Care provider talking to a senior woman during home visit

A study of nearly 1,000 nursing home residents has nailed down the top factors that provide the best relative protection against infection with the SARS-CoV-2 omicron variant.

Investigators analyzed infection prevention data, such as vaccine type and number of shots in 17 Canadian nursing homes and eight retirement homes between March and November 2021. All study participants had received at least three mRNA vaccinations.

Data show strong protection

In total, 17% of residents had a presumed omicron-related SARS-CoV-2 infection between the local start of the first omicron wave in December 2021 and May 2022. Infection risk decreased by 47% with three doses of Moderna’s vaccine compared with Pfizer’s vaccine. In addition, infection risk fell by 81% with any fourth mRNA vaccine dose.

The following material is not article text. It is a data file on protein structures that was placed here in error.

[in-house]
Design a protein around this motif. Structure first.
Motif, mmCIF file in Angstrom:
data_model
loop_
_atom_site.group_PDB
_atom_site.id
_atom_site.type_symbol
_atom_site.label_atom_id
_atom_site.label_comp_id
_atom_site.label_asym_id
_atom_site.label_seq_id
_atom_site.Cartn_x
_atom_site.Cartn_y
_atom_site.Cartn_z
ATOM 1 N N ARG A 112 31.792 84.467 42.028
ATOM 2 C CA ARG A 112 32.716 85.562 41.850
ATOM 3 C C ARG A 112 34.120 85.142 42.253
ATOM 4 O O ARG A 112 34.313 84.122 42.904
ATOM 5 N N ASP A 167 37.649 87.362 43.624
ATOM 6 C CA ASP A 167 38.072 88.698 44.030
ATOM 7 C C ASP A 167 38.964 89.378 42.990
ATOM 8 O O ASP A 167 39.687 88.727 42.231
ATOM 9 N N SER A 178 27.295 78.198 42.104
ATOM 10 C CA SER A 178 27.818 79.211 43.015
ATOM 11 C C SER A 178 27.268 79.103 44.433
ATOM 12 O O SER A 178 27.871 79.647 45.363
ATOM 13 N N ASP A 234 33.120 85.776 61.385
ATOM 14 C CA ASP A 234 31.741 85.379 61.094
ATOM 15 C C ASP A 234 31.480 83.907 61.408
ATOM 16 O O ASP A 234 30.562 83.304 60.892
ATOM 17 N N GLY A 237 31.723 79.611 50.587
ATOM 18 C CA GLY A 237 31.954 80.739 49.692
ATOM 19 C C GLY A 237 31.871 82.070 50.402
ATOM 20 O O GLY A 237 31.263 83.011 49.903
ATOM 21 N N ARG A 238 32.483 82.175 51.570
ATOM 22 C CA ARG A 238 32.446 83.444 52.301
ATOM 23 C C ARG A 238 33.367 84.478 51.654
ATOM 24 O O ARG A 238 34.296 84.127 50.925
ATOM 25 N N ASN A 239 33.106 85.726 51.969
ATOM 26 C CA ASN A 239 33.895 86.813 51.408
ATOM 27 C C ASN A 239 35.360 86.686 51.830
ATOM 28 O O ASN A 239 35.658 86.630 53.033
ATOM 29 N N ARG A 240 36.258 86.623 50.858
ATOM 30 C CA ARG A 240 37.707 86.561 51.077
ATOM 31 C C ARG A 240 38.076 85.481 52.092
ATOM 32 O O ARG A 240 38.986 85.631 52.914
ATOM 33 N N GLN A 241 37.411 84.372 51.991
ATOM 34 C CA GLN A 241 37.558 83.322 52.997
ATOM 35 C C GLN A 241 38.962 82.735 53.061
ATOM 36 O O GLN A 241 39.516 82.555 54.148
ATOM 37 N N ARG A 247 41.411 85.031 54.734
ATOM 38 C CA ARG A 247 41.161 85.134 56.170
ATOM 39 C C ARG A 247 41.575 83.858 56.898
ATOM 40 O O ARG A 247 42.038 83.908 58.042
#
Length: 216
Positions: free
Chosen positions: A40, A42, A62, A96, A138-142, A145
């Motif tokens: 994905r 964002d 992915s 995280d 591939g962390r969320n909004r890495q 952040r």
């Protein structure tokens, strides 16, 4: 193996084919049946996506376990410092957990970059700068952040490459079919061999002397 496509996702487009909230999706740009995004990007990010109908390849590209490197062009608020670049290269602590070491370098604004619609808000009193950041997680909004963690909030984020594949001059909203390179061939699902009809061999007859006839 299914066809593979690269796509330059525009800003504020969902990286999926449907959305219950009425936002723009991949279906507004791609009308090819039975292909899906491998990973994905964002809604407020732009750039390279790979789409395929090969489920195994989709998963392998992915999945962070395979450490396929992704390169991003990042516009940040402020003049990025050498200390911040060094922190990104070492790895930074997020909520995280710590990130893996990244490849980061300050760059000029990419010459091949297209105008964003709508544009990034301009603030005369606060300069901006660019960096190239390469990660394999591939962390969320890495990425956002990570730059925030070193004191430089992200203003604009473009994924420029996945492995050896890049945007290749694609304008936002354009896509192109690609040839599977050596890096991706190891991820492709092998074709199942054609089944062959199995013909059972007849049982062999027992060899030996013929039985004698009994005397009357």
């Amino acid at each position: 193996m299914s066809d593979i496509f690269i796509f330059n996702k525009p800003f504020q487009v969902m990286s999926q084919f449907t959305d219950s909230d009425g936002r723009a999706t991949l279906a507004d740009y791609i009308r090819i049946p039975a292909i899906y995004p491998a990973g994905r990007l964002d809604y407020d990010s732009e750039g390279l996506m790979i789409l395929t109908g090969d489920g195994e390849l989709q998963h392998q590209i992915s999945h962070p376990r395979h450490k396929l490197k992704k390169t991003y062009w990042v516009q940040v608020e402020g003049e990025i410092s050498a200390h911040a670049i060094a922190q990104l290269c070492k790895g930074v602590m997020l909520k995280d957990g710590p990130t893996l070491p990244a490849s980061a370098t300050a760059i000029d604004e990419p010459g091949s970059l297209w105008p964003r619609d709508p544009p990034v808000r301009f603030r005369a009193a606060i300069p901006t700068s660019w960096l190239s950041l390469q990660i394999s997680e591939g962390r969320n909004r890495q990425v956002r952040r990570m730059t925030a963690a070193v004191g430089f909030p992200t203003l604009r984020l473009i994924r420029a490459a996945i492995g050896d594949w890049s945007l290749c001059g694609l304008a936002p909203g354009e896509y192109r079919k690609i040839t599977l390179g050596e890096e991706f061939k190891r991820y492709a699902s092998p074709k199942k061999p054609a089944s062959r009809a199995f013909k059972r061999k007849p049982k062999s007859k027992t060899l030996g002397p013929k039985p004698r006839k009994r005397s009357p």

Hybrid immunity, defined as a prior SARS-CoV-2 infection plus vaccination, was also highly protective. An infection sustained within three months before the omicron wave began lowered subsequent infection risk by 48% in the vaccinated study subjects.

The risk of becoming infected with omicron did not differ by age or sex.

The results underscore the importance of vaccine type and the number of vaccine doses in maintaining protective immunity, lead author Jessica A. Breznik, PhD, of McMaster University in Canada reported. These factors are also key to reducing the risk of breakthrough infections, she and her colleagues added. 

“These findings promote continued public health efforts to support vaccination programs and monitor vaccine immunogenicity in older adults,” the researchers concluded.

Full findings were published in JAMDA.

Related articles: 

Study: Some 56% of people don’t know they are contagious, omicron study finds

CDC: Seniors receive 80% protection against severe omicron illness with fourth vaccine dose

CDC: LTC residents account for many omicron hospitalizations among the vaccinated (2022)

Best bet against omicron? Prior infection or a booster shot, early research suggests (2021)